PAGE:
2014 CAHOF Legacy Inductees
Aerospace industry executive Lawrence A. (Pat) Hyland headed Hughes Aircraft Co.
for nearly a quarter of a century. He is one of several people credited with major contributions to the invention of radar but is best known as the man who transformed Hughes Aircraft from Howard Hughes’ aviation “hobby shop” into one of the world’s leading technology companies..
Hyland was born in Nova Scotia, Canada and moved to the U.S. in 1899. He served in the U.S. Army during World War I, and then in the U.S. Navy until 1926. He then joined the U.S. Naval Research Laboratory as a radio engineer. While at NRL he first demonstrated the reflection of radio waves from aircraft, and also made other contributions to the development of doppler radar.
In 1932 Hyland founded the Radio Research Company, which would later be merged into the Bendix Corporation; where he became Vice President for Research and Engineering.
In 1954 Hyland was hired as Vice President and General Manager of Hughes Aircraft. He would ultimately become company President and CEO after Howard Hughes’ death in 1976.
Under Hyland’s guidance, Hughes Aircraft continued to diversify and become immensely profitable. Among other accomplishments, the company developed numerous radar systems, electro-optical systems, the first working laser, aircraft computer systems, missile systems, spacecraft, and many other advanced technologies.
During his lifetime Hyland frequently advised the U.S. government on science and technology. At various times he served as a senior consultant to the President’s Science Advisory Committee, the Atomic Energy Commission, and the Central Intelligence Agency; and he was a member of the Defense Industry Advisory Council.
John Joseph Montgomery
John Joseph Montgomery was an American inventor, physicist, engineer, and professor at Santa Clara College in Santa Clara, California, best known for his invention of controlled heavier-than-air flying machines.
In the 1880’s Montgomery made manned flight experiments in a series of gliders in the United States in Otay Mesa near San Diego. Although not publicized in the 1880s, these early flights were first described by Montgomery as part of a lecture delivered at the International Conference on Aerial Navigation at Chicago in 1893.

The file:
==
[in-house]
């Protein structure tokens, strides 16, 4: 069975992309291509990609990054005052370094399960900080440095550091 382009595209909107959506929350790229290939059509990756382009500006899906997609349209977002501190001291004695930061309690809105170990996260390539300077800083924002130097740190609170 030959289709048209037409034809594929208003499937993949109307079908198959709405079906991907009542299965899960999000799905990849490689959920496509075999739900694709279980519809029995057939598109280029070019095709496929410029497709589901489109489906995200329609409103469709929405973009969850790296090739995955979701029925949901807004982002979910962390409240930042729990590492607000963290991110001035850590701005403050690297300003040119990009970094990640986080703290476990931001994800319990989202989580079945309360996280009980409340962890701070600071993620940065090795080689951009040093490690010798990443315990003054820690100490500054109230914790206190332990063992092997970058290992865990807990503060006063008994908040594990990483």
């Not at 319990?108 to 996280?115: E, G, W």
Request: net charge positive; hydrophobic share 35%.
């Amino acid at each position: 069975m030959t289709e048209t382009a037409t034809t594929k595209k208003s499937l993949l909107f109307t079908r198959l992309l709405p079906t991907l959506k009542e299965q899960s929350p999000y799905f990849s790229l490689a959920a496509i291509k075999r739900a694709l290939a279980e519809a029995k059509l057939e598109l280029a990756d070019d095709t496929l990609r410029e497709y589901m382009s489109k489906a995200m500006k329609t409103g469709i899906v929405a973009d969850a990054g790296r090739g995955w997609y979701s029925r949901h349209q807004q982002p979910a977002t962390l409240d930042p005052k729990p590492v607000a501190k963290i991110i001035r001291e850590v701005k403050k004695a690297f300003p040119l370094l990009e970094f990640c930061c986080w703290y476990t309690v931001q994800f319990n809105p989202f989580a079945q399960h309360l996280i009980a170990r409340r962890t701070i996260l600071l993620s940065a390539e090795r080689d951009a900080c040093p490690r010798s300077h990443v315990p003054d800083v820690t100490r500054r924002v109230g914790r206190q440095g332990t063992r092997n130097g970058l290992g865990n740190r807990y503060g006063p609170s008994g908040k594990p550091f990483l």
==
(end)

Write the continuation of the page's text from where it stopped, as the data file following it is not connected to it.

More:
These independent advances came after flights by European pioneers such as George Cayley‘s coachman in England and Jean-Marie Le Bris in France. While Montgomery himself never claimed firsts, his flight experiments of the 1880s are considered by some historians and organizations to have been the first controlled flights of a heavier-than-air flying machine in America or in the Western Hemisphere depending on source.
Montgomery devised different control mechanisms for his gliders including weight shifting for roll and an elevator for pitch, and subsequent designs incorporated hinged, pilot-operated trailing edge flaps on the wings (1885-1886) for roll control, leading to full wing warping systems for roll and full wing warping systems for both pitch and roll.
Clifton A. Moore, who served a record 25 years as Los Angeles International Airport (LAX) executive director, earned the nickname “Mr. Aviation” for overseeing the transformation of Los Angeles International Airport into the world’s third-busiest transportation hub.
In 1940, he took a seaman’s entrance exam for the U.S. Navy. He was one of two accepted out of 200 examinees. Assigned to the USS Warden, Moore was among a handful of crew members aboard the destroyer at its anchorage in Pearl Harbor on Sunday morning, December 7, 1941. Raked by gunfire and dodging Japanese bombs, Moore and his shipmates raised steam and guided the ship out of the harbor, the first of the fleet to reach the ocean’s safety.
Four years of harrowing sea duty followed — the North Atlantic, Santa Cruz and Marcus Islands, Bougainville, the Marshalls, the Philippines and Leyte Gulf. When Moore was awarded his Chief Electrician’s stripes at age 20, he was the youngest petty officer in U.S. Navy history.
Following military discharge, Moore settled in Los Angeles, taking an electrician’s job with the City of Los Angeles in 1946. One of his first assignments was to re-install the Lindbergh Beacon, named after famed aviator Charles Lindbergh, on top of City Hall, where it had directed pilots to the airport from 1928 to 1941, when it was removed because of World War II.
His connection with the airport began in 1959 when he paid a $3 fee, won a competitive exam, and was hired as a building superintendent at LAX. He soon assumed additional duties as administrator for the construction of what would become known as LAX, helping to transform a two-runway regional airport into the third busiest airport in the world.
Named deputy general manager of the Department of Airports in 1966, Moore advanced to executive director in 1968, in charge of not only the day-to-day operations of LAX but those of the three other airports in the department’s system, Van Nuys, Ontario International and Palmdale Regional. He retired from his post in 1993.